The Dock Tower - Grimsby's iconic landmark - celebrates its 165th birthday today

By Grimsby Telegraph | Posted: 27 Mar 2017

AS you drive into Grimsby, chances are you will spot its iconic landmark - the Dock Tower but what do you really know about it?

Many of you have been brave and abseiled down the sides of it for various charity groups and organisations and in June 2012 it was the starting place for the Olympic relay baton in the town for day two of the torch procession.

We recently asked people what was their favourite landmark of our area, from the pier to the Minster, but the Dock Tower came out tops with 44 per cent of the vote.

Completed on March 27, 1852 - Grimsby Dock Tower celebrates its 165th birthday today. Although seen now as a maritime landmark, it was built as a hydraulic accumulator tower, for the purpose of containing a 30,000-imperial-gallon (140,000 L) reservoir at a height of 200 feet (61 m).

The Dock Tower and Grimsby Royal Dock nears completion in this painting of the time in 1852. Submitted photo ABP.

More: Changing face of Grimsby dock film

It provided hydraulic power to assist the machinery of the Grimsby Dock such as the lock gates, 15 quayside cranes (at the time) and sluices. Small pumps topped up the tank as the hydraulic machinery drew off water. It also helped to supply fresh water to ships and to houses within the dock premises.

The now Grade I listed tower was designed by James William Wild who based its appearance on that of the Torre del Mangia on the Palazzo Pubblico in Siena. It was built under the supervision of J. M. Rendel, who was the civil engineer in charge of construction of the Royal Dock.

It is believed that around one million bricks were used in its construction - the tower stands 309 feet (94 m) high, is 28 feet (8.5 m) wide at the base, and tapers gradually to 26 feet (7.9 m) below the first projection; its walls are 4 feet (1.2 m) thick and narrow to 3 feet (0.91 m) at the string course under the corbels.

The bricks of this plain brick tower were made from clay obtained from excavations in the marsh adjoining the docks, and are set in blue lime mortar. Hoop iron bond is used in the walls to a considerable extent. The foundation of the tower is a solid masonry wall built upon a timber bearer piling.

More: Dock tower photo gallery

The water was obtained via a cast iron pipe thirteen inches in diameter from a well, 15 ft (4.6 m) in diameter and 47 ft (14 m) deep, with a boring of 5 in (130 mm) in diameter to the chalk rock in the centre, situated near to the flyover on Cleethorpe Road. The well was also fed by seven borings of 5 in (130 mm) in diameter, at intervals in a length of 300 ft (91 m), which discharged into the well by a brick culvert 3 ft (0.91 m) in diameter.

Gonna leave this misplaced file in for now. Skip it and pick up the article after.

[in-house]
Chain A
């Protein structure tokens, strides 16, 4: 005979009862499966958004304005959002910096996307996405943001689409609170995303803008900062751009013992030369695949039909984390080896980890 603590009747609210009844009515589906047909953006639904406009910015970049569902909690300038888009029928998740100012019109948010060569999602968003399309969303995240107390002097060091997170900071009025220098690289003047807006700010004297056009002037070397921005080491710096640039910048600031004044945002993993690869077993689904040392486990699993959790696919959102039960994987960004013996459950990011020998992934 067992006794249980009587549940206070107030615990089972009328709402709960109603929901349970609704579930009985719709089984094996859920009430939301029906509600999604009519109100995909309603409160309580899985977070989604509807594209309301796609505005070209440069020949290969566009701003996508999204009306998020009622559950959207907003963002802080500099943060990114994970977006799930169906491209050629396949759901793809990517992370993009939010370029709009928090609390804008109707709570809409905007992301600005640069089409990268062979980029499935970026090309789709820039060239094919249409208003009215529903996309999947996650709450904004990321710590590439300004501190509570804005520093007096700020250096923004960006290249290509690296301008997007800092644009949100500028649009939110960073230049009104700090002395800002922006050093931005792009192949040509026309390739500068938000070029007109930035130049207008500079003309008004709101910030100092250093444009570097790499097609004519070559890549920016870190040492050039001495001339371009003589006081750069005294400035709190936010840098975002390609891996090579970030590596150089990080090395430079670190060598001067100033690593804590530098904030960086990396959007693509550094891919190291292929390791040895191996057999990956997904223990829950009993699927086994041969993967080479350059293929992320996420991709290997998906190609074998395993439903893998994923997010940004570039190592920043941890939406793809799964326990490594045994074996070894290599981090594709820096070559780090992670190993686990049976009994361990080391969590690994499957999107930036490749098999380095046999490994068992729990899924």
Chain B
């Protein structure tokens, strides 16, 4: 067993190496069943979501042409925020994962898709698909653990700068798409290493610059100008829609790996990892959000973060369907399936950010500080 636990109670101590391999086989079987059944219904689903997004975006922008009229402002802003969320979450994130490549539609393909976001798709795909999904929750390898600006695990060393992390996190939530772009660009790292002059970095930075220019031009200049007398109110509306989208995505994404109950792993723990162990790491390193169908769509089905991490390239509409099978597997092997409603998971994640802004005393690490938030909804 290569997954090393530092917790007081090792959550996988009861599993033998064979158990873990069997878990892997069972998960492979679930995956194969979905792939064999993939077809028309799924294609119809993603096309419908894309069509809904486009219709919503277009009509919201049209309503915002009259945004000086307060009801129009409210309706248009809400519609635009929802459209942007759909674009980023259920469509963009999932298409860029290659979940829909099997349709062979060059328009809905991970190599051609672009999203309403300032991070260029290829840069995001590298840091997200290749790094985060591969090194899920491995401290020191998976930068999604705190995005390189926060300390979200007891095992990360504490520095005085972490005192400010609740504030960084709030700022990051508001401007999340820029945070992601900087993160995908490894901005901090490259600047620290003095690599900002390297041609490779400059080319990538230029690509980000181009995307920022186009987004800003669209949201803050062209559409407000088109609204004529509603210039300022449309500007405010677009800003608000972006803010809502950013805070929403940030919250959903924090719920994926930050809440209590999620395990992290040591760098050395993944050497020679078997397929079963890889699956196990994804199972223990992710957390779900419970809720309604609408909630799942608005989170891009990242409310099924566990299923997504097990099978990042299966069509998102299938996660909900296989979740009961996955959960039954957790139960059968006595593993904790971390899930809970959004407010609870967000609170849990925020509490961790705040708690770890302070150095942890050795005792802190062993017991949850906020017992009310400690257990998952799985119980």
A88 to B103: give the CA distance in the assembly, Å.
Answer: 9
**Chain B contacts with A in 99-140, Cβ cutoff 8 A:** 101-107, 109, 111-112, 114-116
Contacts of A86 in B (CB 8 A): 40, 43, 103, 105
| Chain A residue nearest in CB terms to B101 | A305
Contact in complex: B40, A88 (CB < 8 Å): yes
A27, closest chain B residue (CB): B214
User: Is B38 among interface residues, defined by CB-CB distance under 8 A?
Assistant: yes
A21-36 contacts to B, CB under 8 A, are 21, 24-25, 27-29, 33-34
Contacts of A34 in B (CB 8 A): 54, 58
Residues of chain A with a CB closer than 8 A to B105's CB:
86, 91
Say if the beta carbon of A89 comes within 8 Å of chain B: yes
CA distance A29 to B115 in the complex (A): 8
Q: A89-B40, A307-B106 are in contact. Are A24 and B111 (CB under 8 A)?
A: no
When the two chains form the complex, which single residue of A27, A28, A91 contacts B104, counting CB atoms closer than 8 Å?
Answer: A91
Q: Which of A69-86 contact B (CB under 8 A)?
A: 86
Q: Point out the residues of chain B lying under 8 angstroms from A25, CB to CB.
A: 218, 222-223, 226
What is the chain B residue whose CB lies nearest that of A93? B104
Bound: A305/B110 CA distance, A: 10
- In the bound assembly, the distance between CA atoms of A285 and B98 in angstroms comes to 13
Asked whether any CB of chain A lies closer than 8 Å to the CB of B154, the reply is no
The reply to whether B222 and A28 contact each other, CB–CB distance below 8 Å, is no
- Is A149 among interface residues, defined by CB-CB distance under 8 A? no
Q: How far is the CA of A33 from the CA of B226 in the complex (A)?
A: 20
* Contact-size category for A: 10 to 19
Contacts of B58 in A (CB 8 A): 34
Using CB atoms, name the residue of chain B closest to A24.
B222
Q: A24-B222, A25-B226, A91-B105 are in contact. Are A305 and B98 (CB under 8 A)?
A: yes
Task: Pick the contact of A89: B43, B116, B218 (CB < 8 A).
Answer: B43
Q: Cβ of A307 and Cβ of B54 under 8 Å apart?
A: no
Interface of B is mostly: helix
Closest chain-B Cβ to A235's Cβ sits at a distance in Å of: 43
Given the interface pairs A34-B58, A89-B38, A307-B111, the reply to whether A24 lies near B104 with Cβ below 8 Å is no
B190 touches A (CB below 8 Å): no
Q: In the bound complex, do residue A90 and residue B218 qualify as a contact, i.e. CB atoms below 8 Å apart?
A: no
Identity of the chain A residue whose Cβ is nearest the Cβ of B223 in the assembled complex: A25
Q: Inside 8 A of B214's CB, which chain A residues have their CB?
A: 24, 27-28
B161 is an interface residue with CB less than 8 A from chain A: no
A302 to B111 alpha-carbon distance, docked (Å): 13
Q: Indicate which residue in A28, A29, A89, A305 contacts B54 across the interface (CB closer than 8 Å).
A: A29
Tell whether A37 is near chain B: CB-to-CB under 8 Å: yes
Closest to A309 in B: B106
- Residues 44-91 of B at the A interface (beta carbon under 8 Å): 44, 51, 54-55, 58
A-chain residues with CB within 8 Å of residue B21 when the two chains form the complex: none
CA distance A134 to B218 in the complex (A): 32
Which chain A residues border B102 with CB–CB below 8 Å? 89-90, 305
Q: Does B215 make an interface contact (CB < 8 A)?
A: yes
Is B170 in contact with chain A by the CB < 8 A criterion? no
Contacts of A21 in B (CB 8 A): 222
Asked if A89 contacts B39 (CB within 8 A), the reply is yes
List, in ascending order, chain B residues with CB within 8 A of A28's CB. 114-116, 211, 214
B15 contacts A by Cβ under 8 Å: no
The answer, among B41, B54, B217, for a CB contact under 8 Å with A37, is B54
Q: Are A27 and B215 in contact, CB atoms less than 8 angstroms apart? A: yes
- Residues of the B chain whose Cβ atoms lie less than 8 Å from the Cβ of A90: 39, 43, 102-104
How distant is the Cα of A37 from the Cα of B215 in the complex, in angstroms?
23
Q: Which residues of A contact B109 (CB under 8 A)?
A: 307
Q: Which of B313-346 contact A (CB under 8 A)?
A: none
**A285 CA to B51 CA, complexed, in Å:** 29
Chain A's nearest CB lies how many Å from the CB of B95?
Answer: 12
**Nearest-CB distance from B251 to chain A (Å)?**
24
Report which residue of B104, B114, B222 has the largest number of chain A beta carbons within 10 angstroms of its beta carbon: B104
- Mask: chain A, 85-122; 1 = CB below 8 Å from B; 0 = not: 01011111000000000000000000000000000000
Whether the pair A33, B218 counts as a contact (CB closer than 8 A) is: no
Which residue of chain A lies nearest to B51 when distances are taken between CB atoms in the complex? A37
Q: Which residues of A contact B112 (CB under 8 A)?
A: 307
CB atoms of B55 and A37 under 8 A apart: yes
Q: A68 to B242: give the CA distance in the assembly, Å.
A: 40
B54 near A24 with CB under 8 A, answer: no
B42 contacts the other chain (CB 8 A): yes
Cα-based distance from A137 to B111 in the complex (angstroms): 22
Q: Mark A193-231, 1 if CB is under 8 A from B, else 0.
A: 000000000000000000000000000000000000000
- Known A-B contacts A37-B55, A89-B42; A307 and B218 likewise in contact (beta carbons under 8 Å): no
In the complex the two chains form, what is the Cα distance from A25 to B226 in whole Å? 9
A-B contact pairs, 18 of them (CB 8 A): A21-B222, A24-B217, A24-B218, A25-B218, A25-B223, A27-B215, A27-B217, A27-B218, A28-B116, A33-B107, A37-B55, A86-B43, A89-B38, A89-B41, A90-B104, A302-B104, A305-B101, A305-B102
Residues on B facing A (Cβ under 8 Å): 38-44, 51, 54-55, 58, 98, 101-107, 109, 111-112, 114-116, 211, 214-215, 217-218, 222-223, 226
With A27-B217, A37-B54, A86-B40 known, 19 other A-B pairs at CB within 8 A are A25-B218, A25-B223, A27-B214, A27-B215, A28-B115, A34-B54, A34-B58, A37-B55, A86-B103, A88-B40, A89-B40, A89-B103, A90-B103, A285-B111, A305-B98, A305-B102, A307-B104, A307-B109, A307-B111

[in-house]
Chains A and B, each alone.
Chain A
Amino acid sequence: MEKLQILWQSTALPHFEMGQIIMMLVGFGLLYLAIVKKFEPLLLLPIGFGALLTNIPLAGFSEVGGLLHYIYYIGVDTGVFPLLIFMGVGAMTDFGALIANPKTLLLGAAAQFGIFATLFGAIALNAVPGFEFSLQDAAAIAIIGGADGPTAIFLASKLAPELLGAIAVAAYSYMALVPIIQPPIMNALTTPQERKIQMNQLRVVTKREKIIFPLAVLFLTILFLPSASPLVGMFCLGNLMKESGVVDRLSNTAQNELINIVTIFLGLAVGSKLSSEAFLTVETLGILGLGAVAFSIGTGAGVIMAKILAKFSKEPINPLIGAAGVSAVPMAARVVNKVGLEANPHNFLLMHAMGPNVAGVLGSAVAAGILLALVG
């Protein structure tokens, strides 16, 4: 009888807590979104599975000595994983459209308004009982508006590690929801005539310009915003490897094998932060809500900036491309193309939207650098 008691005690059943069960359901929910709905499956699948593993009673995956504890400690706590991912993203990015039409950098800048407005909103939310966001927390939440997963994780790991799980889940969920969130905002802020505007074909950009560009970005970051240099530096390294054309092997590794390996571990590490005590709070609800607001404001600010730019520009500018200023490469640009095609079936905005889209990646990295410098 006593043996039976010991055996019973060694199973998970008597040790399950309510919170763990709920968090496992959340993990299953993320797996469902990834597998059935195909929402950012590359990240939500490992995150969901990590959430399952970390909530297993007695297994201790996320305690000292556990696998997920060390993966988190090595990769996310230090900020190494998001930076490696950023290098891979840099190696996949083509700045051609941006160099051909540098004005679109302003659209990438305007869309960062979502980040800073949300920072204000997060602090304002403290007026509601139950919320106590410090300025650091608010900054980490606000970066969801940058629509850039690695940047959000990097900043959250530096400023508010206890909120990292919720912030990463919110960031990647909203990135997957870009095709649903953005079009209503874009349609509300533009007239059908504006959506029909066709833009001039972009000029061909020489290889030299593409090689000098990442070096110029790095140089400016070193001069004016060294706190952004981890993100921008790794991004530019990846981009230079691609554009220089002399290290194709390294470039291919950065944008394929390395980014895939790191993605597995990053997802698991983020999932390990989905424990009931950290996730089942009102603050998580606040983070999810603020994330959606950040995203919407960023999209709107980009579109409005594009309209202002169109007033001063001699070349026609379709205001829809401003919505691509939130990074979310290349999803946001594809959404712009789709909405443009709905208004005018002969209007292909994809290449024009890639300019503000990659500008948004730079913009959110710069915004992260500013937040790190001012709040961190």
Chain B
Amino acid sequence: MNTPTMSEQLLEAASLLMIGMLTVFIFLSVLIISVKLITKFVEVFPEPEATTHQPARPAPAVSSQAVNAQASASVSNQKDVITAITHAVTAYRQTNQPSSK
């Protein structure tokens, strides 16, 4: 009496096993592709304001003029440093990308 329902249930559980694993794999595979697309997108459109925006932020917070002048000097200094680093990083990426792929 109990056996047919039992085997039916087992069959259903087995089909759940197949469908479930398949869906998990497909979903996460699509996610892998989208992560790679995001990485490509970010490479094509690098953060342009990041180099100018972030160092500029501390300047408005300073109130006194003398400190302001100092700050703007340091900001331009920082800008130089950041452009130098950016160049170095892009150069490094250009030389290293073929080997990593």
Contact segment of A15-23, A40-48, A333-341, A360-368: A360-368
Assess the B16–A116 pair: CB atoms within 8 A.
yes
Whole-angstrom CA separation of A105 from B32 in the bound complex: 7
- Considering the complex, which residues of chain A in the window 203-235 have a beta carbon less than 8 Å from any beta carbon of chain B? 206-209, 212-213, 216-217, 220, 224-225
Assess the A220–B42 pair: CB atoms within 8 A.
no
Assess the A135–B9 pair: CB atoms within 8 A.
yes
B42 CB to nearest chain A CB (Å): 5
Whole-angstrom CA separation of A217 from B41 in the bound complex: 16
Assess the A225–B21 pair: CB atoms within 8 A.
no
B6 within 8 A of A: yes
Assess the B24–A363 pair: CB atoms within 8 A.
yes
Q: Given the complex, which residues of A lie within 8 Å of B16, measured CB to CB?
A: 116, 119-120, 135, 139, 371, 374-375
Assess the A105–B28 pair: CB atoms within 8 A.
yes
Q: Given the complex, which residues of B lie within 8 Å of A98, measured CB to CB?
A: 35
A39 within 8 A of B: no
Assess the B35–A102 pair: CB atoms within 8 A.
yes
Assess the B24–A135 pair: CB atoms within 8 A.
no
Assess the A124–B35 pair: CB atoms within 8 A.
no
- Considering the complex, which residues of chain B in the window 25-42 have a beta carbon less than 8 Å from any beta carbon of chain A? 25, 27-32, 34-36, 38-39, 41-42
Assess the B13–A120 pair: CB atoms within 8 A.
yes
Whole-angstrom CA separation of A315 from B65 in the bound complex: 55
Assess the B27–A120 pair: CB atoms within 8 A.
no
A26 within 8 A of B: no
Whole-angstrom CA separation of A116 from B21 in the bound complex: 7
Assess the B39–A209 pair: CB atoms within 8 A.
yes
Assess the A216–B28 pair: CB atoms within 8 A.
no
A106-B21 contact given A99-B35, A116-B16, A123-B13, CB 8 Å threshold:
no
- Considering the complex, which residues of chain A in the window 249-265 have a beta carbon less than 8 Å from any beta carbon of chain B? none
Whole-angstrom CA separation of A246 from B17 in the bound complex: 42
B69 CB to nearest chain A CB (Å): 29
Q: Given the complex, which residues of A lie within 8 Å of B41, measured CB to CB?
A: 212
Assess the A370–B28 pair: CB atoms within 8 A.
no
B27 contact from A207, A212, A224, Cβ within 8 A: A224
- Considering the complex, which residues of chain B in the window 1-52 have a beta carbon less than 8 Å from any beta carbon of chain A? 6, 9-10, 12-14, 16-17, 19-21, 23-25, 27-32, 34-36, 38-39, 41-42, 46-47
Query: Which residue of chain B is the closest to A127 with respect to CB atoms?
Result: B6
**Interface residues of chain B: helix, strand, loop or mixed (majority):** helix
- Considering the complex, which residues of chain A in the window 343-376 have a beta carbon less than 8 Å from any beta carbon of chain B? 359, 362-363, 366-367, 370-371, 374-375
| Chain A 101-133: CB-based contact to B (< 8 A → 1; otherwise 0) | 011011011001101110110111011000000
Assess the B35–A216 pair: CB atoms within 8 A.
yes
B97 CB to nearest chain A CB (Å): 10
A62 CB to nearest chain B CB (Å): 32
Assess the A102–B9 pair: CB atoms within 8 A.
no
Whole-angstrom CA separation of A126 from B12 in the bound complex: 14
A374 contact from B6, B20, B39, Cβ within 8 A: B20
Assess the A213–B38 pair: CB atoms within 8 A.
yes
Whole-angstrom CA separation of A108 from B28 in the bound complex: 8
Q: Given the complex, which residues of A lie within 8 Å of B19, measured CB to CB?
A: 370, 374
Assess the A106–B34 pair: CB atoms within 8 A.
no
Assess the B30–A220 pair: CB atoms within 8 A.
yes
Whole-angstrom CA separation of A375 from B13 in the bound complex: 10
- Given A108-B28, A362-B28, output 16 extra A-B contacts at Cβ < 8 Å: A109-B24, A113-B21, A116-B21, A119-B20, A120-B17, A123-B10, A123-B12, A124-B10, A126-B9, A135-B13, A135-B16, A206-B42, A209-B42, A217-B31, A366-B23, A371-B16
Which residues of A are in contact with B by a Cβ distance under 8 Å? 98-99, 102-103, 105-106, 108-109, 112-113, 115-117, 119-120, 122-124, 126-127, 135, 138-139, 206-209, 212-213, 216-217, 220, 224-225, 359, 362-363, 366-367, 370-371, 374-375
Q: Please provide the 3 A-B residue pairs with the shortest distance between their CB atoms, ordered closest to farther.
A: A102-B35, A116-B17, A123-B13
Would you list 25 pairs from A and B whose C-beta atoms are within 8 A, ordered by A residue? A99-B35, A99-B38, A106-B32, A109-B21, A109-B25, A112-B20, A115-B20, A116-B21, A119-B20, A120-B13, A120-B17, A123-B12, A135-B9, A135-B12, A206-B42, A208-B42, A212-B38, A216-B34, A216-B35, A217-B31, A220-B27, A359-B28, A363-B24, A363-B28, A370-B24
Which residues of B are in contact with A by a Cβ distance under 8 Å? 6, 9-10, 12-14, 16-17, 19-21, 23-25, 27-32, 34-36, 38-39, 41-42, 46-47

Water was then forced into the tank by two force pumps, each of ten inches in diameter, worked by a duplicate, horizontal engine of twenty-five horse power. The engines, pumps and pipes and the whole of the machinery were fabricated by Mr Mitchell of the Perran Foundry, Cornwall.

The ground floor of the tower was lined with pink, white and blue drapery when Queen Victoria came with Prince Albert to visit the dock and officially open the tower, two years later, in October, 1854. Her Majesty gave permission for Prince Albert, the Prince of Wales and the Princess Royal to accompany Mr Randel in the hydraulic lift to the gallery running around the tower to view the surrounding areas.

The Dock Tower continued to provide water until 1892, when the erection of the hydraulic accumulator tower on the opposite pier approximately 200 feet (61 m) took over. Today, dock and all lock machinery are powered by electric or electro-hydraulic energy. The tower is the subject of a Preservation Order

During the Second World War, there were plans to demolish the tower, as it acted as a beacon for German Luftwaffe aircraft heading towards Liverpool. A plaque can be viewed paying tribute to the minesweeper crews of the war. The tower's lift is no longer in operation, with access to the top via a spiral staircase in one corner of the building. The second balcony is currently used for the transmission and reception of radio signals.

At Legoland in Windsor, there is a model of the Grimsby Dock Tower entirely constructed of Lego (though not entirely correct in its depiction). It joins three other Grimsby buildings; the ABP port office, Flour Mills and Corporation Bridge.

2004 - Poncho Pete holds on tight to his 12 foot tall Dock Tower on the Royal Dock, Grimsby.

In October 2013 - the tower featured in a relay, as part of National Poetry Day - The Rime Of The Ancient Mariner was read in full by 74 different contributors at locations around the country.

In 2015, the Dock Tower was included in the famous Monopoly - Grimsby edition and the game launched from the top of the tower!

Also in February, 2015 - the Dock Tower image was used by Young's seafood when they rebranded their packaging. Speaking at the time, Pete Ward, Young's Seafood chief executive, said: "It is wonderful to see the Grimsby seascape so beautifully reflected through our master brand. The history and heritage of our business is important to everyone involved in Young's and we are delighted that, through this new branding, we will communicate that to all our customers when they purchase our frozen and chilled products."

Follow us on Facebook and Twitter

Ports & Logistics News
Share Article

Grimsby News

Young's Seafood shock as 30m Asda contracts leave Ross House

Hull & East Riding News

East Yorkshire's new Siemens factory gets 1.5bn deal to build London Underground trains

Scunthorpe News

Going underground! British Steel's Transport for London contract is extended

Your News

Would you want your employees working from home? Read more in our Your News special report